PiPs Newcastle met at The Telegraph pub to discuss the moral and social implications of nudge policy.
Psychological manipulation – or ‘nudging’ – to influence behaviour is not new. We expect to be nudged by advertisers and retailers, and we expect parents to nudge their children. But how did nudge weave its way into the heart of government? And can such tactics ever be justified?
The introductory talk was given by PIPs member Paula Watson, who began by explaining the concept of nudge theory. A nudge is a means of altering people’s behaviour without actually restricting their choice or imposing significant financial incentives. Putting a photograph of diseased lungs on a cigarette packet is a nudge, but banning smoking in public places or putting a hefty duty on tobacco products is not. Paula emphasised that behavioural science and nudging are not the same thing; nudge theory draws on behavioural science and psychology, but many behavioural scientists disapprove of this application.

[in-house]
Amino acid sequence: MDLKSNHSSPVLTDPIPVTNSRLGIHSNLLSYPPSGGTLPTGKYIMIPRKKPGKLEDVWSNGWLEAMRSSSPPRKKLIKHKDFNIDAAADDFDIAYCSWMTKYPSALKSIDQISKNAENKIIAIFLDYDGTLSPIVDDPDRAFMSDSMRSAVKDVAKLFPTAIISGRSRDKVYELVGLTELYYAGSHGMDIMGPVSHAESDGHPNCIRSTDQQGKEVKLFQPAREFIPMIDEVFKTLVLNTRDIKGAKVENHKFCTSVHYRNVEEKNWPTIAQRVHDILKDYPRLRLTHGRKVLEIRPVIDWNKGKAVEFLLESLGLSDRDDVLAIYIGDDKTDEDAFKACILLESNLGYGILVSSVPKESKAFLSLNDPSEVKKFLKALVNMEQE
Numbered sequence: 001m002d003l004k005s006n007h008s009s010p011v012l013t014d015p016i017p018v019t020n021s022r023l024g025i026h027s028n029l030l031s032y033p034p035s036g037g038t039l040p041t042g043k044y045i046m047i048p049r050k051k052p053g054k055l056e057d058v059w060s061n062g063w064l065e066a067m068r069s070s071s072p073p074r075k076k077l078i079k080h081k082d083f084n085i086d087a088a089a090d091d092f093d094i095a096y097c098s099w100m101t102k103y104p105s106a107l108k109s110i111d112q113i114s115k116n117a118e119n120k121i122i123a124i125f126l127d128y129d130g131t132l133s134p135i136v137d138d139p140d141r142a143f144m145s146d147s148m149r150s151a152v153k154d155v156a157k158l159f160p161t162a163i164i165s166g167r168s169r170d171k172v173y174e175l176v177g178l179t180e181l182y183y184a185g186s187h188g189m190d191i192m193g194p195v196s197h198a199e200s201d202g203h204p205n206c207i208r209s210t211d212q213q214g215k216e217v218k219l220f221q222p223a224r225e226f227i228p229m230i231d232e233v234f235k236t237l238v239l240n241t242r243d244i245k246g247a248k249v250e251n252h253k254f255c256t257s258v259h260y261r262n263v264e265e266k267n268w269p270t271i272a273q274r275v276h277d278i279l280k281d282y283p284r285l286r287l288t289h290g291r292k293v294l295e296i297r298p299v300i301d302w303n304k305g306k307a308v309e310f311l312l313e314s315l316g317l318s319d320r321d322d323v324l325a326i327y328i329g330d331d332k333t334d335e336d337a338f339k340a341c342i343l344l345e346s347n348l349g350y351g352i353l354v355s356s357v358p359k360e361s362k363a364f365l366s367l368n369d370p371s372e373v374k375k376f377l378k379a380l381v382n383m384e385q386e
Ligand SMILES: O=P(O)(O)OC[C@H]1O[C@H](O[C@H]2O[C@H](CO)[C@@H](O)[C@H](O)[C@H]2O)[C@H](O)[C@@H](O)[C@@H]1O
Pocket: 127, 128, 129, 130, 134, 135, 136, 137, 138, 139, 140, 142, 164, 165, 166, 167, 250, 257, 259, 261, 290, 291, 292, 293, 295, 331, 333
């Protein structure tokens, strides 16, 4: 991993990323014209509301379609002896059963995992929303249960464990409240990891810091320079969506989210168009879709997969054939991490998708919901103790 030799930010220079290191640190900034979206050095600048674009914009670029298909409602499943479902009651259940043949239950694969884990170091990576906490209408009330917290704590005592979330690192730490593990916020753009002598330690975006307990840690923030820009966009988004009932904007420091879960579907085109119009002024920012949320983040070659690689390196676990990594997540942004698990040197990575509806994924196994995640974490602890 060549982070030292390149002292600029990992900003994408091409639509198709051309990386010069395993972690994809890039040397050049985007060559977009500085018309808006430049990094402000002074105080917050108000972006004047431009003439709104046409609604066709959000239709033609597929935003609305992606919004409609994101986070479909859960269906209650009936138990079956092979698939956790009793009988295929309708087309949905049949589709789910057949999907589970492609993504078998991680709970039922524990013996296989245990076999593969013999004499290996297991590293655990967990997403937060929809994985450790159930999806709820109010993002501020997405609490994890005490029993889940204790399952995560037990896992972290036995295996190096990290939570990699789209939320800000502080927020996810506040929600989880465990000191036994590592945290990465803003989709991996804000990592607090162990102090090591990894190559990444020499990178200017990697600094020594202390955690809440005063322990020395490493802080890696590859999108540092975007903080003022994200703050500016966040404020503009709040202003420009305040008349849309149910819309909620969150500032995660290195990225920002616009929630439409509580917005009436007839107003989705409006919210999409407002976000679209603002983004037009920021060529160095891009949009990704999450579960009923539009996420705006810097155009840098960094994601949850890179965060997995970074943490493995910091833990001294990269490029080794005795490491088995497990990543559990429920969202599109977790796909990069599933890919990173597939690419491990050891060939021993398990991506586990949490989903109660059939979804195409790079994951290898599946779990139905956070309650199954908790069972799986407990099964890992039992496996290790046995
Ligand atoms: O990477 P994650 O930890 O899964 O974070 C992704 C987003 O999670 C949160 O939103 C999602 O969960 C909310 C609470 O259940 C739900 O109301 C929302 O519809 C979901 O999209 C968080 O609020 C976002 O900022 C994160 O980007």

Is nudge a method for delivering government policy or a political ideology that became embedded in government?
Nudge theory was popularised by Richard Thaler and Cass Sunstein’s 2008 book Nudge, which introduced the concept of ‘libertarian paternalism’ – which Paula argued is a contradiction in terms. This theoretical concept was promptly put into practice when Sunstein was appointed head of the US Office of Information and Regulatory Affairs in 2009 and Thaler was invited to help set up the UK’s Behavioural Insights Team or ‘Nudge Unit’ in 2010.
Paula conceded that government nudging has had some beneficial outcomes for society, such as reducing speeding, persuading people to pay their taxes on time and encouraging children to eat more healthily. She also accepted that nudging was generally done with good intentions, but asked ‘what if we have competing ideas of what is good?’.
Is it ever right to use fear or to create an outgroup to deliver public policy?
Paula described how nudging took a more sinister and harmful turn during the Covid pandemic, playing on fear and guilt to manipulate behaviour without ever giving a thought to the long-term consequences. The ‘Don’t Kill Granny’ campaign was particularly abhorrent, aiming to frighten children by making them feel responsible for things that were beyond the control even of adults.